Thursday, November 26, 2015

Taoism in China


Taoism in China             Taoism

In the Chinese language the word tao means "way," indicating a way of thought or life. There have been several such ways in China's long history, including Confucianism and Buddhism. In about the 6th century BC, under the influence of ideas credited to a man named Lao-tzu, Taoism became "the way". like Confucianism, it has influenced every aspect of Chinese culture.
Taoism began as a complex system of philosophical thought that could be indulged in by only a few individuals. In later centuries it emerged, perhaps under the influence of Buddhism, as a communal religion. It later evolved as a popular folk religion.
Philosophical Taoism speaks of a permanent Tao in the way that some Western religions speak of God. The Tao is considered unnamed and unknowable, the essential unifying element of all that is. Everything is basically one despite the appearance of differences. Because all is one, matters of good and evil and of true or false, as well as differing opinions, can only arise when people lose sight of the oneness and think that their private beliefs are absolutely true. This can be likened to a person looking out a small window and thinking he sees the whole world, when all he sees is one small portion of it. Because all is one, life and death merge into each other as do the seasons of the year. They are not in opposition to one another but are only two aspects of a single reality. The life of the individual comes from the one and goes back into it.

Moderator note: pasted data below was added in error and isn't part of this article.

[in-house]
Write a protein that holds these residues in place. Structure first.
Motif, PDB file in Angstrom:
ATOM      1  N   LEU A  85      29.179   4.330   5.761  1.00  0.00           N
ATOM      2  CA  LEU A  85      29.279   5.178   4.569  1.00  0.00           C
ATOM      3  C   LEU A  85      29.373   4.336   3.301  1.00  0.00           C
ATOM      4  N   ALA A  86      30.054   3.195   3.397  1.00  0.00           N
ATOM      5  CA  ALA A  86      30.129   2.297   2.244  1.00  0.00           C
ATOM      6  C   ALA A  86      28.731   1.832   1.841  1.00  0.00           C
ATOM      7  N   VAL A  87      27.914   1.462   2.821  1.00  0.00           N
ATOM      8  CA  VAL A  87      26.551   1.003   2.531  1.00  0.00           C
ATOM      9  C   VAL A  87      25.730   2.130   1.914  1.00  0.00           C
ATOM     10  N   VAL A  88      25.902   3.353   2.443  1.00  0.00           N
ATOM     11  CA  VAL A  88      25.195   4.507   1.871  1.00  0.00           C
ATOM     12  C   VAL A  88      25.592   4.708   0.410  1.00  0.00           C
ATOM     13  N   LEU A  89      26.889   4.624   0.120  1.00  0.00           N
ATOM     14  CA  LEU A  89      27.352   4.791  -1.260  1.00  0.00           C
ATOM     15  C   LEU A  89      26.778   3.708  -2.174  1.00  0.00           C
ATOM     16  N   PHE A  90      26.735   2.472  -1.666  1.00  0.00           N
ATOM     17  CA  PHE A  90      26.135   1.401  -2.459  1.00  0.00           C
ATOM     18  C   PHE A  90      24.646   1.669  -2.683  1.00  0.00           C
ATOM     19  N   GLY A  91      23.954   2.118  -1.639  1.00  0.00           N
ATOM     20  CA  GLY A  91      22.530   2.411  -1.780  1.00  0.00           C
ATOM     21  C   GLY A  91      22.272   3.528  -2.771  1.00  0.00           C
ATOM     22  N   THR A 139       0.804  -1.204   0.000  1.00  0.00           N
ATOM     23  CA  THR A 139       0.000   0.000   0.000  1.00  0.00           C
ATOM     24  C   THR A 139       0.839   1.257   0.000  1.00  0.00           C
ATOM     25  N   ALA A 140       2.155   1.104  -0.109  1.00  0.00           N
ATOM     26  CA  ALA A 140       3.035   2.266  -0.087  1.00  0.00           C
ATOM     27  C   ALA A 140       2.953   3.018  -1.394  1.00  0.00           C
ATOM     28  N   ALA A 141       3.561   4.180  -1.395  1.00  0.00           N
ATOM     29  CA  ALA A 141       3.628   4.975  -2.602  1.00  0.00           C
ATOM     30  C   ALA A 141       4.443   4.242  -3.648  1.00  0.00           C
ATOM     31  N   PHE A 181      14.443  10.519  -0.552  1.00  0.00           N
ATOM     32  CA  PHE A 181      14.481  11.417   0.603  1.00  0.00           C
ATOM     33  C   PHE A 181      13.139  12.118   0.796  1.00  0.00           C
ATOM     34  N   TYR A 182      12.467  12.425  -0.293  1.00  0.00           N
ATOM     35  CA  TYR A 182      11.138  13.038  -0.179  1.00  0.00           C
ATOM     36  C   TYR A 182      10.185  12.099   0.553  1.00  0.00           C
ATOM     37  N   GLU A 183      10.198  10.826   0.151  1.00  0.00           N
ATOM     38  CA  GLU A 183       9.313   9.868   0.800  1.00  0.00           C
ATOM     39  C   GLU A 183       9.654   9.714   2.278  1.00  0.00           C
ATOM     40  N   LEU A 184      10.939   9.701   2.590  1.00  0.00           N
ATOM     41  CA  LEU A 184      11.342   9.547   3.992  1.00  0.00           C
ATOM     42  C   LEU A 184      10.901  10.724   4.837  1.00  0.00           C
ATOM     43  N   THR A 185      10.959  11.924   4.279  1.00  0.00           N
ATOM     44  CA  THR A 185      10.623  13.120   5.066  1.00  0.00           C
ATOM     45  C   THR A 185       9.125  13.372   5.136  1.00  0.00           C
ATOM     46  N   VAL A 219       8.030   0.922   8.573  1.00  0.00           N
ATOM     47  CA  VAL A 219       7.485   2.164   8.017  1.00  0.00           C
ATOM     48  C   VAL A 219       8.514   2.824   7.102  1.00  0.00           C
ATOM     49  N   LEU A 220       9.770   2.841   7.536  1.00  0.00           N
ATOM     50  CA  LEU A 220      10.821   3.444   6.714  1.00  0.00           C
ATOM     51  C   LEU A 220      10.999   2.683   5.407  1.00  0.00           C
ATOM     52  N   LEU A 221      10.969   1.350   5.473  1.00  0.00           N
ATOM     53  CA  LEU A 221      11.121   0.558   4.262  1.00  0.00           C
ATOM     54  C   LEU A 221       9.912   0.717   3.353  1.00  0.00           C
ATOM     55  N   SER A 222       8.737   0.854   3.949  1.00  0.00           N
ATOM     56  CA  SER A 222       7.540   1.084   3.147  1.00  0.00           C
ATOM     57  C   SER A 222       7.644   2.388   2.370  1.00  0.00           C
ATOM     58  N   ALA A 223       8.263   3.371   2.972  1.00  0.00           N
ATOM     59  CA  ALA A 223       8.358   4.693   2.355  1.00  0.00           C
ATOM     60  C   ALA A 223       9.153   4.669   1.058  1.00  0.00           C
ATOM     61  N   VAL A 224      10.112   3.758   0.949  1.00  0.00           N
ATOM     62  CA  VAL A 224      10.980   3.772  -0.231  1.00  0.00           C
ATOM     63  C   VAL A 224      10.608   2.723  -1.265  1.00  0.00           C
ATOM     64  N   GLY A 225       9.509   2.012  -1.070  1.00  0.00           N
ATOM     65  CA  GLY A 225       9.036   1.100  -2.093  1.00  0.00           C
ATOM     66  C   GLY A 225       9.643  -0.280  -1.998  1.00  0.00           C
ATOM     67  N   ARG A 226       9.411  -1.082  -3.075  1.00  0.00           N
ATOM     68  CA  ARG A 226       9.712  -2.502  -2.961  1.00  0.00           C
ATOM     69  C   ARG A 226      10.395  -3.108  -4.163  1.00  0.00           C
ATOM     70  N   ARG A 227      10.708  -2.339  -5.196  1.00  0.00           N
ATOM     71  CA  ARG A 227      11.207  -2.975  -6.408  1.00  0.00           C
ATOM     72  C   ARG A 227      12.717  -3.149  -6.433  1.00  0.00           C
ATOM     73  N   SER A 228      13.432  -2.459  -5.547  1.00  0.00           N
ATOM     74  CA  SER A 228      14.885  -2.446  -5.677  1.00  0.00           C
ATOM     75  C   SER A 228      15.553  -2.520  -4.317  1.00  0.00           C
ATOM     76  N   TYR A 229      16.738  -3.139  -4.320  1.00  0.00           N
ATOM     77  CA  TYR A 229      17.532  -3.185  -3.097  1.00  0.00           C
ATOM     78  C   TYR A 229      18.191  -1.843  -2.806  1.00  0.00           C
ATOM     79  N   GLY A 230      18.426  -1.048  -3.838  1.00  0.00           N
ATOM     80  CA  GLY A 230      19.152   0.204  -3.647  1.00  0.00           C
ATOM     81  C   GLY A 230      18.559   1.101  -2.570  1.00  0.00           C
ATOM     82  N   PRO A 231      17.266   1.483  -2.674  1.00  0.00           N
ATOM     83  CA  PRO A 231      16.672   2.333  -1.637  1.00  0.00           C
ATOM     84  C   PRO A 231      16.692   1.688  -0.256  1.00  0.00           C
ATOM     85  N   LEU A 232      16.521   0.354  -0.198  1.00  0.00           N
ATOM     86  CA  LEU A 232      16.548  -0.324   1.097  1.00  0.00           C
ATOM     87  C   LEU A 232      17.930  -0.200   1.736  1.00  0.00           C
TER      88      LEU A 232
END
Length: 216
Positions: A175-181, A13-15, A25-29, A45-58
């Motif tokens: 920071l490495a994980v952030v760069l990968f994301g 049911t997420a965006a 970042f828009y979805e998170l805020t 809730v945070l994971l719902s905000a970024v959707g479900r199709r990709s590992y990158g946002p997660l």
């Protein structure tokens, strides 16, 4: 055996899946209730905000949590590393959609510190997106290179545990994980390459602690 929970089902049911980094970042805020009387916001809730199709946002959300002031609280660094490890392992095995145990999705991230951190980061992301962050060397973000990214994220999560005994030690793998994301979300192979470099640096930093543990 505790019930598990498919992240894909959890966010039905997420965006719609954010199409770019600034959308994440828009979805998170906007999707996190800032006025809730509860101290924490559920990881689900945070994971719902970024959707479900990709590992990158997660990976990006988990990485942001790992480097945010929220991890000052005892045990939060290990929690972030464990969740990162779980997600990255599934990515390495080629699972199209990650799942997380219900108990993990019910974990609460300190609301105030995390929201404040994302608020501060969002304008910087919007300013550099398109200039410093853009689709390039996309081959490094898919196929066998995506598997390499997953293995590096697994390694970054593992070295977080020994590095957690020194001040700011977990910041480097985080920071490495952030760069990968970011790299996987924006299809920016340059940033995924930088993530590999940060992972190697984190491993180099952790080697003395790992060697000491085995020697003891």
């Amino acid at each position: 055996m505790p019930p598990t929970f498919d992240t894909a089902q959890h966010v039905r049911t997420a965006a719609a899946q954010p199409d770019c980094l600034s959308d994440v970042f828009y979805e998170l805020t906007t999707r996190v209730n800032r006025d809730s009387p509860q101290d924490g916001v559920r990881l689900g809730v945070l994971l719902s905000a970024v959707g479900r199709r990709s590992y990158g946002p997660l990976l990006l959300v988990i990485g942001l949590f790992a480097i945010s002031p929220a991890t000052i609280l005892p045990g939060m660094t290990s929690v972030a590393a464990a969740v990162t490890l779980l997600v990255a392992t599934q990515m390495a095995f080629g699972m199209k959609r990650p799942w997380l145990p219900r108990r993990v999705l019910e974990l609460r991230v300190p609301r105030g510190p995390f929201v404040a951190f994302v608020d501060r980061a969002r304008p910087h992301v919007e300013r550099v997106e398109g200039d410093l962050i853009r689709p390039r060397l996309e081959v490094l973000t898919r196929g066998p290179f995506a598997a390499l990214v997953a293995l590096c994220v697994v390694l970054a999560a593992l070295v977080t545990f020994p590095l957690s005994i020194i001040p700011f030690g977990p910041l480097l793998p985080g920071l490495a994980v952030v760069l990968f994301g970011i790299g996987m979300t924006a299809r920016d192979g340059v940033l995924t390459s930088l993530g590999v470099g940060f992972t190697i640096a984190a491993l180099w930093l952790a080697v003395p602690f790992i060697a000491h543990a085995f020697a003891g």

The goal of life for a Taoist is to cultivate a mystical relationship to the Tao. Adherents therefore avoid dispersing their energies through the pursuit of wealth, power, or knowledge. By shunning every earthly distraction, the Taoist is able to concentrate on life itself. The longer the adherent's life, the more saintly the person is presumed to have become. Eventually the hope is to become immortal.
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